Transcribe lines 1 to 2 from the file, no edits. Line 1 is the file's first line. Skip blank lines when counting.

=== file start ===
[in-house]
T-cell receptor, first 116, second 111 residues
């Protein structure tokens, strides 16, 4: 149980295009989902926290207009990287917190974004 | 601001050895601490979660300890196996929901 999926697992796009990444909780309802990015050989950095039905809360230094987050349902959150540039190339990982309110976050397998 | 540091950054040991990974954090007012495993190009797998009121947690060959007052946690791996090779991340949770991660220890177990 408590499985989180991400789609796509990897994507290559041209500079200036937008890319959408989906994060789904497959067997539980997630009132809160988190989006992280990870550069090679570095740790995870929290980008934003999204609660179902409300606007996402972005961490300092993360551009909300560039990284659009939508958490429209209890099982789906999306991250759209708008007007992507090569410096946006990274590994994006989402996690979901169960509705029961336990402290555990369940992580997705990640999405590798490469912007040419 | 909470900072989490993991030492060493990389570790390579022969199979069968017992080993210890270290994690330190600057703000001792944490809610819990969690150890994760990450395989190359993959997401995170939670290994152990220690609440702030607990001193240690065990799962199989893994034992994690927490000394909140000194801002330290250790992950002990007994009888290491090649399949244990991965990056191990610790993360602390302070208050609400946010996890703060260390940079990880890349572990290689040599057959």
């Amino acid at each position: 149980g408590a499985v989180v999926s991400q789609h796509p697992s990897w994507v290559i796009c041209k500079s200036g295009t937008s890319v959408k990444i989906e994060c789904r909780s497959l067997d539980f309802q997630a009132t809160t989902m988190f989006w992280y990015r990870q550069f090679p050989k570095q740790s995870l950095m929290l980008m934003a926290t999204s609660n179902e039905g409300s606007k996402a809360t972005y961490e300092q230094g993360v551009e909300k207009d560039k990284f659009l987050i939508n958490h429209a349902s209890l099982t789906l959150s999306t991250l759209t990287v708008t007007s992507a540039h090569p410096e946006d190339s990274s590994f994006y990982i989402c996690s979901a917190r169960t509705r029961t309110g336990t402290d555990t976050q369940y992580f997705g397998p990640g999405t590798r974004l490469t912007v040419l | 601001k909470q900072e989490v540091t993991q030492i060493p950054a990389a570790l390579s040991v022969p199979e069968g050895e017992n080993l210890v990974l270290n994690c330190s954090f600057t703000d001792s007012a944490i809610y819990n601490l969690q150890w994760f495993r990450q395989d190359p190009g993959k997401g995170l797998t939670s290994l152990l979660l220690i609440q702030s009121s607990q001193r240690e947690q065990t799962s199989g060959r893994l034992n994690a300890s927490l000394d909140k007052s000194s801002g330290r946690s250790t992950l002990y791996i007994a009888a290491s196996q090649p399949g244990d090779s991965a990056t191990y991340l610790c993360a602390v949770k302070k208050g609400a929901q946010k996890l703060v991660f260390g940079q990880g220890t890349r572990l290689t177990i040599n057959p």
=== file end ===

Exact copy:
[in-house]
T-cell receptor, first 116, second 111 residues